Three electronic bands will create a buzz at Eclipse Coffee & Books on Friday, Oct. 11. Two of the artists, Kuon Vee and Holly Waxwing, are currently students at Montevallo.
The man behind Holly Waxwing is Garrett Crosby, who recently launched his own label called Noumenal Loom. His debut mixtape, “Goldleaf Acrobatics,” is now out both digitally and on a limited 75 cassettes. “Sway alongside the succulence,” says a review of the tape on music site Tiny Mix Tapes, “[let it carry] you away to some beach resort on an alien world, a honeymoon among the stars.”
Drew Price’s Bermuda Triangle is headlining. Price recently released “Friends and Family” on local label Happenin’ Records. In an article by music site Consequence of Sound, writer Josh Pickard describes Price’s music as an “abstract take on pop music, a style that jumps genres and mixes influences with little foresight.” His tunes can be found on Spotify and Bandcamp and can be purchased via iTunes.
The Alabamian checked in with the three artists for a little pre-show insight ranging from music origins to favored snacks.
1. THE ALABAMIAN: How long have you been making music?
KUON VEE: It has actually only [been] a year more or less since I have been making electronic music, but I have always enjoyed the creation of music by other means like the guitar.
HOLLY WAXWING: I got really into playing guitar at about 12. But I started playing around with sampling and chopping stuff up in Garageband when I was 15 or so…my music became more compositional and complex then.
DREW PRICE’S BERMUDA TRIANGLE: I’ve been writing and recording music for about 7 or 8 years.
2. Describe your sound in three words.
KV: Cathartic, soulful and heartfelt.
HW: Light Panes Dive.
DPBT: Team Building Workshop.
3. Favorite snack?
KV: Classic hummus.
HW: Raw red peppers.
DPBT: Pimento cheese.
4. What is the significance of your name?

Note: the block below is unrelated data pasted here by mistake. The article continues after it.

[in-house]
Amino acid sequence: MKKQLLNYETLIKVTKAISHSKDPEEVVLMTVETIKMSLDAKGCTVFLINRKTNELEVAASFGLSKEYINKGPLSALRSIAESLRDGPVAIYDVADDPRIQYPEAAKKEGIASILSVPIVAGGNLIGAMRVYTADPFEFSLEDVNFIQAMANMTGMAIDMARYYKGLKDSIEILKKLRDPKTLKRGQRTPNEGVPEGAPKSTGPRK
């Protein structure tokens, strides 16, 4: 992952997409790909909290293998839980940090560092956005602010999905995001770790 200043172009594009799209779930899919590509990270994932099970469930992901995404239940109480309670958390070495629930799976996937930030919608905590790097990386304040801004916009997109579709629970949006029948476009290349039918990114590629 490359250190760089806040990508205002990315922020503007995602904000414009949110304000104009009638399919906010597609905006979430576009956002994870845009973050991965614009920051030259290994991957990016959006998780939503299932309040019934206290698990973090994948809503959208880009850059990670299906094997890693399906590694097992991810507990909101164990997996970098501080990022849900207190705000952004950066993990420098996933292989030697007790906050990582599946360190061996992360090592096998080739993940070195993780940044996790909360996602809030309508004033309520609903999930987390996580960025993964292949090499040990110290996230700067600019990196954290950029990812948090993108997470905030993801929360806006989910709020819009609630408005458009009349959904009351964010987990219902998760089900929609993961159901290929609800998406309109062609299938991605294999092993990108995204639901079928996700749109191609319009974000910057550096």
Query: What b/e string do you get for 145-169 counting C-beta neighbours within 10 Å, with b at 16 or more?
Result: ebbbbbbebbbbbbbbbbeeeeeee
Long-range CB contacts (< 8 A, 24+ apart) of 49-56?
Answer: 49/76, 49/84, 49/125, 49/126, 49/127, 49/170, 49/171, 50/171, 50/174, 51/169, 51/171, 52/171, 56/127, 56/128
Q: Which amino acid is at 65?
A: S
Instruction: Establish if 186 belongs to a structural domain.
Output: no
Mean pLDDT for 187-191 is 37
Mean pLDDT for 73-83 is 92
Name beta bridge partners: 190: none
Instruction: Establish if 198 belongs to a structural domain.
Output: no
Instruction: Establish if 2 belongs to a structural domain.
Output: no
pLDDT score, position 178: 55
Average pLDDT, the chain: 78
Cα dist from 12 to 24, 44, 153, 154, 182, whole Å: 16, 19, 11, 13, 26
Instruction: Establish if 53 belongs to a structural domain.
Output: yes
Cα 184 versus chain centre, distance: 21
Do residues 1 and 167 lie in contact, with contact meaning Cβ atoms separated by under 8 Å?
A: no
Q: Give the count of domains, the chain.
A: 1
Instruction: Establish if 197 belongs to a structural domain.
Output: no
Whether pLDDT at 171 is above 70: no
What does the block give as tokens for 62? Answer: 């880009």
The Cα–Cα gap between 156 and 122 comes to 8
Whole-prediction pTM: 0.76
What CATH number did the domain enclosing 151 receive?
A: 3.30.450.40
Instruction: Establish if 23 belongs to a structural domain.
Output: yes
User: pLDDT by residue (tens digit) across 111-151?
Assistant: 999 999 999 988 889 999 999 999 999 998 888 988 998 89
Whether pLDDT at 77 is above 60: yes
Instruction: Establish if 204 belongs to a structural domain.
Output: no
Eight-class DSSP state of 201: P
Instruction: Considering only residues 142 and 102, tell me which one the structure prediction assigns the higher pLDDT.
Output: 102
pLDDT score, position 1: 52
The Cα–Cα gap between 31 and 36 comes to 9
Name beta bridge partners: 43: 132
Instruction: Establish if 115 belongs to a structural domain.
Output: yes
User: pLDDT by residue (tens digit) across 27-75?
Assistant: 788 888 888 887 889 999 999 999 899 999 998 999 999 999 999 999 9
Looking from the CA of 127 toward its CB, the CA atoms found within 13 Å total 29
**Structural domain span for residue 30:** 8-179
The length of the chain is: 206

KV: Well the name just came from joke names my friend and I would call each other. The name actually has a persona, but I leave that out of the shows for the most part.
HW: I really like bird watching, and the Cedar Waxwing is my favorite bird. They like to feed on holly berries, and that is my favorite tree. Their skin has a sheen to it that I hope my music is reminiscent of, and it looks like their hair is waxed to a point. I want my music to have that crested/pileated vibe. I like that “Holly Waxwing” reminds me of Pippy Longstocking. I think the name’s playfulness fits my music, at least for now.
DPBT: I liked how the name sounded when I was 18. I write a lot of different types of music, and I seem to lose myself in these different attitudes and perspectives. I guess that’s the Triangle.
5. What would you like your audience to walk away with after the show?
KV: A classic feeling. Something nostalgic that speaks to the heart. Maybe possibly the feeling I feel when I’m playing the music.
HW: I would hope that this show, not just mine but the whole night, will get people craving more themed/curated shows. Also, I want electronic music to grow in the south. It sounds really good in this geography in my opinion.
DPBT: A glimpse of self worth.